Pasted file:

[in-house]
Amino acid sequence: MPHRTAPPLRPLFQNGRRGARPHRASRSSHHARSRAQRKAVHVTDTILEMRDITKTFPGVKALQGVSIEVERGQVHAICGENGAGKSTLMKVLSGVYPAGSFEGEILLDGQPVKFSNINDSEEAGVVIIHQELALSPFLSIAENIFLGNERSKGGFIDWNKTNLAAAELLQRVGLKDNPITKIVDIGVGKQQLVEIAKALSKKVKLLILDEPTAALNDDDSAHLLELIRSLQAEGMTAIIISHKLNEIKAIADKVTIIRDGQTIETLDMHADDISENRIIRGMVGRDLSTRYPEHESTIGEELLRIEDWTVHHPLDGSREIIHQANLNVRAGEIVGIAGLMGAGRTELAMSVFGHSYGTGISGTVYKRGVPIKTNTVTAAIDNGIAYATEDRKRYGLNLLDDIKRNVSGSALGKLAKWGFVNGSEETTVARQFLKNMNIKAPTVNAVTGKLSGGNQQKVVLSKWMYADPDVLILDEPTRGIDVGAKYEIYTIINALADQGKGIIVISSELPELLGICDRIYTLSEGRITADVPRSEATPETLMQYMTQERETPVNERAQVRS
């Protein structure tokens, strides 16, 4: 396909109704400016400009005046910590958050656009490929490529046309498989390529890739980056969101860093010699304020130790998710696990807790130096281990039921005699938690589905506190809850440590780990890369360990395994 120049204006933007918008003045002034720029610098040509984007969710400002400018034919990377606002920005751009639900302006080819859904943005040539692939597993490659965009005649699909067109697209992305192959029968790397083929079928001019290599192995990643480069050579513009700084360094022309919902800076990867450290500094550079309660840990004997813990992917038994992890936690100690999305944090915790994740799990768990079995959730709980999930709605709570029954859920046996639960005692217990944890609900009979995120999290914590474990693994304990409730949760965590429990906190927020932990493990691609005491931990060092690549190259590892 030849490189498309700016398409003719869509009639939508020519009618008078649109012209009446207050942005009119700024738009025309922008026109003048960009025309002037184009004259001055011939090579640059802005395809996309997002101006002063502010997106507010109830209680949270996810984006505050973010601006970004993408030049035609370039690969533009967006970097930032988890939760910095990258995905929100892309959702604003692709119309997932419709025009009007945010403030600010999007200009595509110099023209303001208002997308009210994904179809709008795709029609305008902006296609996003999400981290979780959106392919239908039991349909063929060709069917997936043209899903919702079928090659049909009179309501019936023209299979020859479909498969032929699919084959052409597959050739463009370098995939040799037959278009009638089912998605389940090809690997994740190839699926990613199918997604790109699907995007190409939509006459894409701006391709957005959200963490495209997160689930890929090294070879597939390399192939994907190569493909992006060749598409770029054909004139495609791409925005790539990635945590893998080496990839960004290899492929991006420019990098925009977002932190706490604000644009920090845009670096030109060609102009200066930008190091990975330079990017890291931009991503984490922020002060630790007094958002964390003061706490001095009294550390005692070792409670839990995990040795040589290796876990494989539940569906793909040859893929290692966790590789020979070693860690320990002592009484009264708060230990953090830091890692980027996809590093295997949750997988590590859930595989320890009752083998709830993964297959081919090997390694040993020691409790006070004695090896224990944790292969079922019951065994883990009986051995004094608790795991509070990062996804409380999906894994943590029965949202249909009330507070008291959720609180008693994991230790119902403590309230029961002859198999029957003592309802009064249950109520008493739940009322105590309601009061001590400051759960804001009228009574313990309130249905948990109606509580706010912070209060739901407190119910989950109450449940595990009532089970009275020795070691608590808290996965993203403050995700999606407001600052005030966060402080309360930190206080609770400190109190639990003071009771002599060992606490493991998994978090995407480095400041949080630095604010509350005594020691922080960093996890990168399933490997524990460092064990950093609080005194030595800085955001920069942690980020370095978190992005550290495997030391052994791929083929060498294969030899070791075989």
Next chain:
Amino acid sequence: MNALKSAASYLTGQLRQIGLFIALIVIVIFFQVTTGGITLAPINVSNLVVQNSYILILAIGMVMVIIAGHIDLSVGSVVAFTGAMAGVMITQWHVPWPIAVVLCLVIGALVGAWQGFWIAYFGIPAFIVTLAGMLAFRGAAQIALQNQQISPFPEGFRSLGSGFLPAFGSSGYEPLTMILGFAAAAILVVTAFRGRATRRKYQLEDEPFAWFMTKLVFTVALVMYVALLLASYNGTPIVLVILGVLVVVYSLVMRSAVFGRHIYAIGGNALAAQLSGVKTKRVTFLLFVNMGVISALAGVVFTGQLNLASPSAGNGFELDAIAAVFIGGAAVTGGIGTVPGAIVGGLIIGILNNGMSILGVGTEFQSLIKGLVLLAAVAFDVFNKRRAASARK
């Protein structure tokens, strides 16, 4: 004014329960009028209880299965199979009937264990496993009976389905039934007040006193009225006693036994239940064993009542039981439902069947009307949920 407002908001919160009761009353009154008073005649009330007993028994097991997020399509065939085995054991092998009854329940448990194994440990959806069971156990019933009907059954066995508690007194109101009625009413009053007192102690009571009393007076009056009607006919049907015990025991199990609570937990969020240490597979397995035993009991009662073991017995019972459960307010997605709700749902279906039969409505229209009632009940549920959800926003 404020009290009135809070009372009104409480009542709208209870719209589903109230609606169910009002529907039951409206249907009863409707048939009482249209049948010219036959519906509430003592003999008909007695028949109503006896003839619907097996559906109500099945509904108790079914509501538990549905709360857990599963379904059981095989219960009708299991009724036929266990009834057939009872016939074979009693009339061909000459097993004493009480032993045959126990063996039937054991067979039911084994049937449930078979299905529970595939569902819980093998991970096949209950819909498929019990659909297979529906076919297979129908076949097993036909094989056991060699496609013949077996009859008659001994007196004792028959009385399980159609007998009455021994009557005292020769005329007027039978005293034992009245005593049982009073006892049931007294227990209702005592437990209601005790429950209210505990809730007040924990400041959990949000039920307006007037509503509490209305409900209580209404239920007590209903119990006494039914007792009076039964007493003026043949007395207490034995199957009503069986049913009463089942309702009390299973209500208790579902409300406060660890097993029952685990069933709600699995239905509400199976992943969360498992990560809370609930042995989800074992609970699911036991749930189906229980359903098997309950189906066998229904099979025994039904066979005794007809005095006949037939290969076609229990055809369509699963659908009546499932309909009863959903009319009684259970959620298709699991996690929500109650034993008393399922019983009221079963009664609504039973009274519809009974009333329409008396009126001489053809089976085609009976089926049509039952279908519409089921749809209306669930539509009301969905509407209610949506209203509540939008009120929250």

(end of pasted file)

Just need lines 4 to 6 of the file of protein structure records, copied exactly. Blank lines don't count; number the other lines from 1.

Next chain:
Amino acid sequence: MNALKSAASYLTGQLRQIGLFIALIVIVIFFQVTTGGITLAPINVSNLVVQNSYILILAIGMVMVIIAGHIDLSVGSVVAFTGAMAGVMITQWHVPWPIAVVLCLVIGALVGAWQGFWIAYFGIPAFIVTLAGMLAFRGAAQIALQNQQISPFPEGFRSLGSGFLPAFGSSGYEPLTMILGFAAAAILVVTAFRGRATRRKYQLEDEPFAWFMTKLVFTVALVMYVALLLASYNGTPIVLVILGVLVVVYSLVMRSAVFGRHIYAIGGNALAAQLSGVKTKRVTFLLFVNMGVISALAGVVFTGQLNLASPSAGNGFELDAIAAVFIGGAAVTGGIGTVPGAIVGGLIIGILNNGMSILGVGTEFQSLIKGLVLLAAVAFDVFNKRRAASARK
């Protein structure tokens, strides 16, 4: 004014329960009028209880299965199979009937264990496993009976389905039934007040006193009225006693036994239940064993009542039981439902069947009307949920 407002908001919160009761009353009154008073005649009330007993028994097991997020399509065939085995054991092998009854329940448990194994440990959806069971156990019933009907059954066995508690007194109101009625009413009053007192102690009571009393007076009056009607006919049907015990025991199990609570937990969020240490597979397995035993009991009662073991017995019972459960307010997605709700749902279906039969409505229209009632009940549920959800926003 404020009290009135809070009372009104409480009542709208209870719209589903109230609606169910009002529907039951409206249907009863409707048939009482249209049948010219036959519906509430003592003999008909007695028949109503006896003839619907097996559906109500099945509904108790079914509501538990549905709360857990599963379904059981095989219960009708299991009724036929266990009834057939009872016939074979009693009339061909000459097993004493009480032993045959126990063996039937054991067979039911084994049937449930078979299905529970595939569902819980093998991970096949209950819909498929019990659909297979529906076919297979129908076949097993036909094989056991060699496609013949077996009859008659001994007196004792028959009385399980159609007998009455021994009557005292020769005329007027039978005293034992009245005593049982009073006892049931007294227990209702005592437990209601005790429950209210505990809730007040924990400041959990949000039920307006007037509503509490209305409900209580209404239920007590209903119990006494039914007792009076039964007493003026043949007395207490034995199957009503069986049913009463089942309702009390299973209500208790579902409300406060660890097993029952685990069933709600699995239905509400199976992943969360498992990560809370609930042995989800074992609970699911036991749930189906229980359903098997309950189906066998229904099979025994039904066979005794007809005095006949037939290969076609229990055809369509699963659908009546499932309909009863959903009319009684259970959620298709699991996690929500109650034993008393399922019983009221079963009664609504039973009274519809009974009333329409008396009126001489053809089976085609009976089926049509039952279908519409089921749809209306669930539509009301969905509407209610949506209203509540939008009120929250």